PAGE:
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3-Minute to Win It

Last week, a few of my Blue Garnet colleagues and I had the privilege of attending the Southern California Grantmakers (SCG) and Los Angeles Social Venture Partners (SVP) Fast Pitch event, the nightcap to the annual SCG conference. The event allowed selected organizations to give a quick, 3-minute “pitch” to potential funders, and ultimately win prize money in the competition. True to its mission, SVP packed the house to connect individuals, funders, and foundations with these budding organizations; all members of the ecosystem were represented. Paul Shoemaker, the Executive Connector at SVP and MC for the evening, kicked off the event in his discourse.

Shoemaker’s opening speech directly addressed the underlying intent of the evening: that the pitches would not be consumed merely for entertainment purposes, but would rather prompt those in attendance to action. His opening analogy framed the issue perfectly, comparing the presenters to sparks and the audience to either “concrete” or “rocket fuel”. Ten finalists poured their hearts out on stage to connect with the audience and judging panels, hoping to cast a spark that would land not on cold concrete, but on combustible rocket fuel. In turn, the challenge to the attendee was to ignite from the sparks of passion emitted by the presenters. And indeed, what an incredible night of passionate speaking it was!

But was this appeal to the heart enough to prompt action? And more broadly in the nonprofit sector, to what degree would the appeal to the mind enhance the ability of an organization to prompt people to action? It was clear from each story that an external event had served as the impetus to start the organization; it was also evident there was no shortage of passion within the organizations. However, what propelled a pitch from convicting to convincing was not just the petition to the heart, but also exquisitely balancing a connection to the heart AND the mind.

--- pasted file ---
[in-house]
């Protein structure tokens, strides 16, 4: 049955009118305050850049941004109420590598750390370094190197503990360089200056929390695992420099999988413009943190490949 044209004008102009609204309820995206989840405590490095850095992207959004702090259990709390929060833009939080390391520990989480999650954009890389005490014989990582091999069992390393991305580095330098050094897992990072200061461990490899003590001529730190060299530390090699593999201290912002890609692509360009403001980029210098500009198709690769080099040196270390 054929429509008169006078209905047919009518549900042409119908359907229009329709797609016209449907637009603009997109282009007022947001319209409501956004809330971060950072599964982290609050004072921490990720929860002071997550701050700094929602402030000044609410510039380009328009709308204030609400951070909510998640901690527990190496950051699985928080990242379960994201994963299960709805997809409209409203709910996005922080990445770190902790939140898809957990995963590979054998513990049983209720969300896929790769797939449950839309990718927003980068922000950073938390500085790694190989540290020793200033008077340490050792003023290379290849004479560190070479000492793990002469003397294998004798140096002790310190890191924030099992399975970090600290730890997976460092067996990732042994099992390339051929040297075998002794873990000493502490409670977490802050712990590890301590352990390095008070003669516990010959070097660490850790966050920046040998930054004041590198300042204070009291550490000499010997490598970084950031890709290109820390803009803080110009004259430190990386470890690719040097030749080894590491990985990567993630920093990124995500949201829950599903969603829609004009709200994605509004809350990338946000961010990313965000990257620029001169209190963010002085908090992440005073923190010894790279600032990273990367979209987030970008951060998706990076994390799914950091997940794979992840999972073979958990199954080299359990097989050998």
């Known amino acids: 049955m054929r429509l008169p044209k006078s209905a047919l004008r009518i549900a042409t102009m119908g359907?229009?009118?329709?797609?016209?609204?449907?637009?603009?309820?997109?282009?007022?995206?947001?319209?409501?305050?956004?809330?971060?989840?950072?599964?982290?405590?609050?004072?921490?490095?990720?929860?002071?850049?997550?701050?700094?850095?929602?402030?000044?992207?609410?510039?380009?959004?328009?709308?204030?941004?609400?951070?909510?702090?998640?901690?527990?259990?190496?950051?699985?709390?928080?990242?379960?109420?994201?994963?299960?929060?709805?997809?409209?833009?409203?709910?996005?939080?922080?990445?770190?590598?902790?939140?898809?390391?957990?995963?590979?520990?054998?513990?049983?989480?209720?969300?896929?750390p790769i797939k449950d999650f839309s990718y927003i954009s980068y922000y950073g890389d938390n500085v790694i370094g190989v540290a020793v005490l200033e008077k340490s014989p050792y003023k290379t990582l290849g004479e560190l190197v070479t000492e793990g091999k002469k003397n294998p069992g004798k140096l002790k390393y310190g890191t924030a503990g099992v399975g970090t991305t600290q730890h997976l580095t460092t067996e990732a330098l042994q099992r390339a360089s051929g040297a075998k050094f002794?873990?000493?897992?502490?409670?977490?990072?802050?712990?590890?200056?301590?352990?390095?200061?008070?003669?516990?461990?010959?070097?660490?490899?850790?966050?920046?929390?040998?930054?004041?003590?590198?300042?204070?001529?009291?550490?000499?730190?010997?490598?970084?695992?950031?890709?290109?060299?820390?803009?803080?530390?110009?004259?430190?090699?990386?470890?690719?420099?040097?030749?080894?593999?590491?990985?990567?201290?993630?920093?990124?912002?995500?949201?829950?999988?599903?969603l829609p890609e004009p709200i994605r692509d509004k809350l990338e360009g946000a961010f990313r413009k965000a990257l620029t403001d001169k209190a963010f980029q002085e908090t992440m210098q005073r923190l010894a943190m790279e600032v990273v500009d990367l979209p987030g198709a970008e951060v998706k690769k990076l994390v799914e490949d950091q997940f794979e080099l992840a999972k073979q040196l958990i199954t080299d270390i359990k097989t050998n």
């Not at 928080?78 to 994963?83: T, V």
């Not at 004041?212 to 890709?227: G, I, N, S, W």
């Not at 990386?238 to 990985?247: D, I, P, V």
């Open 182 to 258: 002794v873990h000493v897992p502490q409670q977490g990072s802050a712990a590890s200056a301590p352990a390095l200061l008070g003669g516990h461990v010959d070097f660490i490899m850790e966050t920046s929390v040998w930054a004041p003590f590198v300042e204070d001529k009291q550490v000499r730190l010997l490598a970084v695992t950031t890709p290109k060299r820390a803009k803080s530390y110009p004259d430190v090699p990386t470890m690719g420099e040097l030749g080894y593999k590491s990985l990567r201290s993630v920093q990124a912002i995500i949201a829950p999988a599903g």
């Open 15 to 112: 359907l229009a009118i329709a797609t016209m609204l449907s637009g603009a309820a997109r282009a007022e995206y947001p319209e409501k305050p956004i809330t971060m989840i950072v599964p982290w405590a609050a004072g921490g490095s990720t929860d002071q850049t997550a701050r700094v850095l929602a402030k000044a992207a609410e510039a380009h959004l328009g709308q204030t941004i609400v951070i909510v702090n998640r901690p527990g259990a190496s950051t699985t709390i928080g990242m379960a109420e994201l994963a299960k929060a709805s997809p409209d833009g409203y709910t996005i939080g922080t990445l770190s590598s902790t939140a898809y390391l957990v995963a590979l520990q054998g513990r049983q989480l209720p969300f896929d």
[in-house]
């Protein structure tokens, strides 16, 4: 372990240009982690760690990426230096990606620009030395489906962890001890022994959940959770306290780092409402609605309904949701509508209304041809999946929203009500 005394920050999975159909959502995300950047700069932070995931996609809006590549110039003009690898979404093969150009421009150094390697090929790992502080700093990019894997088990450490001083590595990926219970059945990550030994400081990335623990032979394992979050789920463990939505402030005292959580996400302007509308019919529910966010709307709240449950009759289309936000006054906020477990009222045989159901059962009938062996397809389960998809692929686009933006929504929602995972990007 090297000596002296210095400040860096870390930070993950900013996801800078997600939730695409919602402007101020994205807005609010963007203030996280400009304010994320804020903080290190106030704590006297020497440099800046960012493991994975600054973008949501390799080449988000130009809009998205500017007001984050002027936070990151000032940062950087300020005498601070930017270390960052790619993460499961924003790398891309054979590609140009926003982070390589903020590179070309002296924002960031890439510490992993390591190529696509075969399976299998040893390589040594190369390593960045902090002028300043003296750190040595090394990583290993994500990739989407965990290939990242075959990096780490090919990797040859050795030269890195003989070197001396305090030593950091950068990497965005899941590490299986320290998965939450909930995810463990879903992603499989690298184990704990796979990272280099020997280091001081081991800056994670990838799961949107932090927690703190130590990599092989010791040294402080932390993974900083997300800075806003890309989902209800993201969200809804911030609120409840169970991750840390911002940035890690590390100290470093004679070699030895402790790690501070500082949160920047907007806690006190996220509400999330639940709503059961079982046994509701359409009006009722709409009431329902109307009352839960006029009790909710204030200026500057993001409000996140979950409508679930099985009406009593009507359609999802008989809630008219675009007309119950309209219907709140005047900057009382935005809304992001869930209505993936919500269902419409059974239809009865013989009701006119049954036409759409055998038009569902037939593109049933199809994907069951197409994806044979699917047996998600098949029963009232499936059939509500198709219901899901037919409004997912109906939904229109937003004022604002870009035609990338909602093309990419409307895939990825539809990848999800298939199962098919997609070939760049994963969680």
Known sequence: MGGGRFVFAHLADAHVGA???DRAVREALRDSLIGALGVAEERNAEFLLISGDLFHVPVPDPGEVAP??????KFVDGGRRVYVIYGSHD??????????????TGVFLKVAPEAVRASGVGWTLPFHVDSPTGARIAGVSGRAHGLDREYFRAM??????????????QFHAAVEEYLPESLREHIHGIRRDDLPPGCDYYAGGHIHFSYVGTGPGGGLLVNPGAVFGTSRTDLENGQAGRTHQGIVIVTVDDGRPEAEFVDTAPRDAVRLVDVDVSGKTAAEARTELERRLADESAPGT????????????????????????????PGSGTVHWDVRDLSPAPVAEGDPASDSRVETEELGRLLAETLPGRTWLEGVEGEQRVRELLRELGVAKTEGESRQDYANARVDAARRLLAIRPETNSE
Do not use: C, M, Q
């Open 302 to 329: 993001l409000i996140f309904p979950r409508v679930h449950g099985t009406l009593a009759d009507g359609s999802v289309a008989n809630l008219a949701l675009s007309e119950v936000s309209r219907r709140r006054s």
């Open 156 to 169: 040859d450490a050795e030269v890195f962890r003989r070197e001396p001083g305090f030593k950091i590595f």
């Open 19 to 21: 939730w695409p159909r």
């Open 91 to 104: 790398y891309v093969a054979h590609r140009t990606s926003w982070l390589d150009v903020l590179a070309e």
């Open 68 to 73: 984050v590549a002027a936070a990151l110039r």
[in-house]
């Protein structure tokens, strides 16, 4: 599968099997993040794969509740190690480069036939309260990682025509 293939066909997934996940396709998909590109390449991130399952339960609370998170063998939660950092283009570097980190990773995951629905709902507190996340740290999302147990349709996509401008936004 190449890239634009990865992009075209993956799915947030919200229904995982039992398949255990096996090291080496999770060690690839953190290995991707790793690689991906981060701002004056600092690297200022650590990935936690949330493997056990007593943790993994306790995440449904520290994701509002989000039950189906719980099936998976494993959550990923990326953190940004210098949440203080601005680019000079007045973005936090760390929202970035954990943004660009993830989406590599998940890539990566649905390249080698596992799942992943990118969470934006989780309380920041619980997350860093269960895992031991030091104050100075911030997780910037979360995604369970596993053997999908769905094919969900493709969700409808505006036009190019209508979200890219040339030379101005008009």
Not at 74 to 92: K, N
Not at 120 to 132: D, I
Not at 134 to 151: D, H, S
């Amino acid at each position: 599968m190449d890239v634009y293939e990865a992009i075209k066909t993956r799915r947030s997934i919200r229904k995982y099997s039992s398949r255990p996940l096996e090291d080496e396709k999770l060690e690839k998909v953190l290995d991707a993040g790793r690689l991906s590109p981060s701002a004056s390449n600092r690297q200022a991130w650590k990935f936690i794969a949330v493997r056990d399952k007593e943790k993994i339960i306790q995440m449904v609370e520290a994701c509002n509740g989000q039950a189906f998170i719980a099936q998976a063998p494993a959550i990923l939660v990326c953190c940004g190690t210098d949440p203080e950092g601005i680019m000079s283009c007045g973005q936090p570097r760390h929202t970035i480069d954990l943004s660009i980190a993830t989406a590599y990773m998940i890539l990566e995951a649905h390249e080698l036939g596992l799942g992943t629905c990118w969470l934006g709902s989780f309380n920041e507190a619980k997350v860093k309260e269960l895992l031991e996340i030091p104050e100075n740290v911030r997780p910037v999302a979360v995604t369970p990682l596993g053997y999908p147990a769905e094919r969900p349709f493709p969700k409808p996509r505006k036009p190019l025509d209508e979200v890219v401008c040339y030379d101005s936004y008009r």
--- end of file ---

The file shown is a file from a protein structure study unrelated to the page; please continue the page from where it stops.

The most effective speakers not only identified the social issue their organization addresses, but also tangibly explained what they are doing to overcome said issue, and the degree of results they have achieved so far. This manifested itself after Gabriella Charter School’s proclamation of their 875 API score, and New Earth’s announcement they had reduced their recidivism rate to 15%… each metric elicited an audible gasp of delight from the crowd. Whereas all organizations were able to communicate their mission, these two organizations were able to solidify the confidence of the audience and judges through their tangible impact, simultaneously engaging the heart and convincing the mind. As a firm that preaches measurable impact, this was truly inspiring to watch, and garnered our votes for the awards!

When the dust had settled, Harry Grammer of New Earth received the first place Judges Award for his gripping, flawless pitch laden with impact metrics. Liza Bercovici of Gabriella Charter School won the Annenberg Audience Award by winning the spectators with a clear plan of how increased fund money would scale the school’s impact.

Congratulations to all 19 organizations that took the 8 week challenge to refine their pitch; to the finalists and winning organizations; and especially SCG and SVP for another successful Fast Pitch event! This was a rewarding evening for all members of the nonprofit ecosystem. We look forward to seeing where your sparks landed in the near future…

winner photo

team photo

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